Update: Perriere rebounded as the favorite in the Feb. 19 Hyacinth S., jumping to the top of the Japan Road leaderboard going into the final leg at Nakayama Mar. 25.
Ski Captain’s pioneering trainer, Hideyuki Mori, is responsible for a dozen nominees led by From Dusk, who is expected to try dirt in the Saudi Derby. The Kentucky-bred son of champion freshman sire Bolt d’Oro has been feast-or-famine on turf, with his fortunes totally dependent upon the break.
After showing good speed to win as the favorite on debut at Kokura, From Dusk broke poorly at Nakayama, tried to rush up on the inside, got checked, and never recovered. A much better start in the Nov. 5 Keio Hai Nisai (G2) led to a much better result. He got a flyer out of the gate and led nearly all the way, gamely fending off his nearest pursuer, only to be outkicked by a wide-rallying rival.
Unfortunately, From Dusk whiffed the start again in the Asahi Hai Futurity (G1). Once he was last in the opening strides, his race was over, and he beat only one home in 16th. The pattern continued last out in the Jan. 28 Crocus S. back at Tokyo, where he broke well enough to set the pace and held third.
From Dusk’s free-wheeling style is reminiscent of his “uncle,” multiple Grade 1-winning millionaire Get Stormy. From Dusk is out of Get Stormy’s half-sister, the Giant’s Causeway mare Foolish Cause, who is also responsible for turf sprint stakes victress Foolish Humor.
Trainer Koichi Shintani, who made it to the 2022 Kentucky Derby with UAE Derby (G2) winner Crown Pride, has two intriguing nominees for 2023. Curren Alcantara has yet to try stakes company like his stablemate Goraiko did, but his form might turn out to be stronger.
After a grinding fourth on debut at Tokyo, Curren Alcantara won his ensuing starts on the stretch-out to about 1 1/8 miles. He swept to the fore from a stalking spot in his Oct. 23 Hanshin maiden, and leveraged an inside tracking trip in his Jan. 9 Chukyo allowance, beating fellow nominees Vendaval y Rabiar and Plavi. The consistent Plavi was favored off his fourth in the Cattleya.
By dirt star Espoir City, Curren Alcantara is a half-brother to Grade 2 winner Ask Wild More, who was unplaced in two jewels of Japan’s Triple Crown last season. This is the immediate family of Argentine champion and multiple U.S. Grade 1 heroine Different.
If we keep using beaten favorite Plavi as a yardstick, then his most recent third in a Jan. 22 allowance could be read as a pointer to the winner Eclogite.
Trained by Takayuki Yasuda, known for his past work with the great Lord Kanaloa, Eclogite was an eye-catching third from a seemingly hopeless position in his premiere at Hanshin. He next won at Chukyo, as much the best, despite taking time to lumber into gear on his wrong (left) lead. Then British ace Ryan Moore took the ride in his Nov. 12 Tokyo allowance, but Eclogite was a no-show 14th behind Perriere.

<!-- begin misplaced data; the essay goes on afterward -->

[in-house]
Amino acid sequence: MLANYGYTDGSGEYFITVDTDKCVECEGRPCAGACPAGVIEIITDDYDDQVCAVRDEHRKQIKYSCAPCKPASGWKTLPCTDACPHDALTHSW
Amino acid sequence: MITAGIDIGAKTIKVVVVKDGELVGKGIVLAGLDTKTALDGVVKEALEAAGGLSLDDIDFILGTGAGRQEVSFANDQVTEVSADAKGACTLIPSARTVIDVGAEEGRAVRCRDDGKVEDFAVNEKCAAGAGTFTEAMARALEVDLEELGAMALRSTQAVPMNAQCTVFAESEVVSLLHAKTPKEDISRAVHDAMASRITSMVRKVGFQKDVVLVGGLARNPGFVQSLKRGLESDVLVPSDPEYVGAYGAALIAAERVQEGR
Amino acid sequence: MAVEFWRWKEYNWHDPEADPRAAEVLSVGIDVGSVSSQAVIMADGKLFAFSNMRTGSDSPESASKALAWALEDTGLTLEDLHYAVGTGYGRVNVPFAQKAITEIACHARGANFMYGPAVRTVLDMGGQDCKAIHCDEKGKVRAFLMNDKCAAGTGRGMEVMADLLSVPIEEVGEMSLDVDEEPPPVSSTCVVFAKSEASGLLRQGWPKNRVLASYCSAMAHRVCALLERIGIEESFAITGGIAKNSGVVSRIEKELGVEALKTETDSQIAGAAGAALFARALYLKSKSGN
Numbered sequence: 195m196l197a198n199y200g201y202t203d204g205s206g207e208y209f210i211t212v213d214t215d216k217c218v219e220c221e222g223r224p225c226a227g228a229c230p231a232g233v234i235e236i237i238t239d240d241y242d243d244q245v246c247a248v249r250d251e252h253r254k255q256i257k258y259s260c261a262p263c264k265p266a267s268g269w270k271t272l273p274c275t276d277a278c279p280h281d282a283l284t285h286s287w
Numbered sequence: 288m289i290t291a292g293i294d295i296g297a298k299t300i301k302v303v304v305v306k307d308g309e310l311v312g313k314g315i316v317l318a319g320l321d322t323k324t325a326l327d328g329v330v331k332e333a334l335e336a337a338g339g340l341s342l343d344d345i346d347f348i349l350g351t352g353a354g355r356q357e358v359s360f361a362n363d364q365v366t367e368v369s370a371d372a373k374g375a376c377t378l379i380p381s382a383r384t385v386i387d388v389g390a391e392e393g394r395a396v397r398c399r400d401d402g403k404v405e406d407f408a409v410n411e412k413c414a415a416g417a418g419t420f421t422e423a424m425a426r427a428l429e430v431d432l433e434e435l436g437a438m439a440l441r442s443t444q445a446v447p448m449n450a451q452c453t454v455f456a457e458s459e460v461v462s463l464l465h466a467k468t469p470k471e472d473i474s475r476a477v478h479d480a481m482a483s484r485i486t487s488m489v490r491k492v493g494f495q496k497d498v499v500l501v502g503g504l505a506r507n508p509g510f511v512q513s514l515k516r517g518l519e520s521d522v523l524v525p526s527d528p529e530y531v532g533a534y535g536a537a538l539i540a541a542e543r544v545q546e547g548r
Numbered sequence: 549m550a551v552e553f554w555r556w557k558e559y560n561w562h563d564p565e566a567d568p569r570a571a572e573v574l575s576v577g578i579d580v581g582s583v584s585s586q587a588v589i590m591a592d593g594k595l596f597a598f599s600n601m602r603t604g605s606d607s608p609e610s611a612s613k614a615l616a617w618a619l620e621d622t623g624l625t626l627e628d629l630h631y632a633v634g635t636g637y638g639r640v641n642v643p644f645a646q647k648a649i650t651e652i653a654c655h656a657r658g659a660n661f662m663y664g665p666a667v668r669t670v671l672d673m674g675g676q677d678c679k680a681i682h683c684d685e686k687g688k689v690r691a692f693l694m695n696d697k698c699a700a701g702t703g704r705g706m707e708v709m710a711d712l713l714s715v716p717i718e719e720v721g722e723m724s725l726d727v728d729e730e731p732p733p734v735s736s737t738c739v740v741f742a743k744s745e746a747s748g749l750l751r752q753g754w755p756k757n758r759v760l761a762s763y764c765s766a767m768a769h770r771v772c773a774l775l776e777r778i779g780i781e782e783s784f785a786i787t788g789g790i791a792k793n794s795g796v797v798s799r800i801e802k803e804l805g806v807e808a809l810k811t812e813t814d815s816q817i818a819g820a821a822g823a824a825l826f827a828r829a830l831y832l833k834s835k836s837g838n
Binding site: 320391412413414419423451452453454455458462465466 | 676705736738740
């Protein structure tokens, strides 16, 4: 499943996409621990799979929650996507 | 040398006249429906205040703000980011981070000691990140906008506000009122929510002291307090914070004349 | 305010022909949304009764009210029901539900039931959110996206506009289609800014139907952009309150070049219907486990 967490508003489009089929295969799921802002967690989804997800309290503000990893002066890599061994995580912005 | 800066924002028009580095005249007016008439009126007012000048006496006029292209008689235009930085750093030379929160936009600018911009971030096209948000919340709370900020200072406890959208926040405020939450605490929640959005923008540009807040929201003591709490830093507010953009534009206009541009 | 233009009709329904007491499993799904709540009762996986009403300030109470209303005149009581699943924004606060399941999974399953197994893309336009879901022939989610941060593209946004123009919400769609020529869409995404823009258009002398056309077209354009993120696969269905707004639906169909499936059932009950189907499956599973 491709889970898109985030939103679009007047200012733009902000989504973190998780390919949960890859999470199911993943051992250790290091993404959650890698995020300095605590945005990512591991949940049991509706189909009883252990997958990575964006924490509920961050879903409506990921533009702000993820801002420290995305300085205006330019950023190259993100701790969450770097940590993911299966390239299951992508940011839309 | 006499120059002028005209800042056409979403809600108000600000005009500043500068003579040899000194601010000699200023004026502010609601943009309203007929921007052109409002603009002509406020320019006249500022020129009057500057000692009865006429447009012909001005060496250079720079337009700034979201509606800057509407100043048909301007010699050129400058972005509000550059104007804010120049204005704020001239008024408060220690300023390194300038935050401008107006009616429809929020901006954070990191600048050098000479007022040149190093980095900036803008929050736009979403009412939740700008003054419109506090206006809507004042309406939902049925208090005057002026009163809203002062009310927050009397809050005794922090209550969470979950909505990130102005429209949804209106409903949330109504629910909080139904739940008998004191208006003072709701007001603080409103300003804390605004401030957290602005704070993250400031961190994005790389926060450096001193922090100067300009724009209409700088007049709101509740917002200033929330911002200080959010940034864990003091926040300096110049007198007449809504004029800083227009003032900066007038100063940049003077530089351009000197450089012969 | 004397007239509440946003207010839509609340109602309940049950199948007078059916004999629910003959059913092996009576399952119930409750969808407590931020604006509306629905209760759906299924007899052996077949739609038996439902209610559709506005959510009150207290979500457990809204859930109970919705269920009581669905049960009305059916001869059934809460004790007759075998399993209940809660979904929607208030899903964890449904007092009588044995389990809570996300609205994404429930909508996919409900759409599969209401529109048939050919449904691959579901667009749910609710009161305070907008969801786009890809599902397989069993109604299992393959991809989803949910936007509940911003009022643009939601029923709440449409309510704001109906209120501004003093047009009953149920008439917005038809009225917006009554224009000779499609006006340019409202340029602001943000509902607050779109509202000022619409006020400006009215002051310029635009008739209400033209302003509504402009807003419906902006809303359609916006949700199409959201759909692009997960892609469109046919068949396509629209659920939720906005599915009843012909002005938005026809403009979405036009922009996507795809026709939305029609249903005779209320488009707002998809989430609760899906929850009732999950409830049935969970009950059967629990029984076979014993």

Back at Chukyo last time, Eclogite added blinkers and ran like a brand new horse. The Henny Hughes colt vied for the lead and withstood a gauntlet of challengers, ultimately digging in to stave off a closer. He defeated two other Triple Crown nominees, with Plavi in third and Medjed fifth.
Update: Eclogite finished third in the Hyacinth.
Goraiko was last seen landing the Nov. 3 JBC Nisai Yushun at Mombetsu, where he gradually improved down the backstretch, struck the front entering the stretch, and drove clear with a long, leveling stride.
【#JBC2歳優駿 結果】— 地方競馬全国協会(NAR)公式 (@nar_keiba) November 3, 2022
1着 6ゴライコウ 9人気
2着 11ベルピット 1人気
3着 3リアルミー 5人気
The son of Japanese dirt champion Hokko Tarumae had taken three tries to break his maiden. A pole behind record-setting Yamanin Ours when second in his Sapporo unveiling, he flopped behind fellow nominee God Blue Bee next out. But Goraiko responded to the addition of blinkers at Chukyo, stalking the leader and asserting in deep stretch.
Update: Goraiko finished fifth in the Hyacinth.
Trained by Mikio Matsunaga, who was on the 2016 Triple Crown trail with fan favorite Lani, Lux Frontier has run two fine races since switching to dirt. The son of high-class stallion Epiphaneia posted a good-looking maiden win Jan. 14 at Chukyo, off a layoff, and nearly wired a Sunday allowance at the same track and about 1 1/8-mile trip. Lux Frontier was just worn down late by odds-on favorite Hrungnir, with God Blue Bee back in fifth.
Favored in his first two starts at Hanshin, Cours Mirabeau was relegated to second on debut by the smashing Justify filly Awesome Result. But he promptly prevailed next out at odds of 1-10 on Christmas Eve. Cours Mirabeau was slowly away, and raced with a high head carriage maybe feeling the kickback, but leveled off well in the clear to win by three lengths. This past Sunday, the Drefong colt tried turf in the Kisaragi Sho (G3) at Chukyo and finished third. Cours Mirabeau quickened, but not as much as the top two, the promising Hrimfaxi and Open Fire.
Mokku Mokku has yet to face winners, or race beyond about seven furlongs, so he’ll have to pass stiffer tests to advance on the trail. Still, he could hardly have looked any better in a Hanshin newcomers’ race on Christmas Eve. The 6-5 favorite was part of the pace scrum from post 12, then simply buried them to draw off by nine lengths. Mokku Mokku is by Danon Legend (himself a son of U.S. champion Macho Uno, by Hall of Famer Holy Bull) and out of an Australian-bred mare by globetrotting champion Singspiel.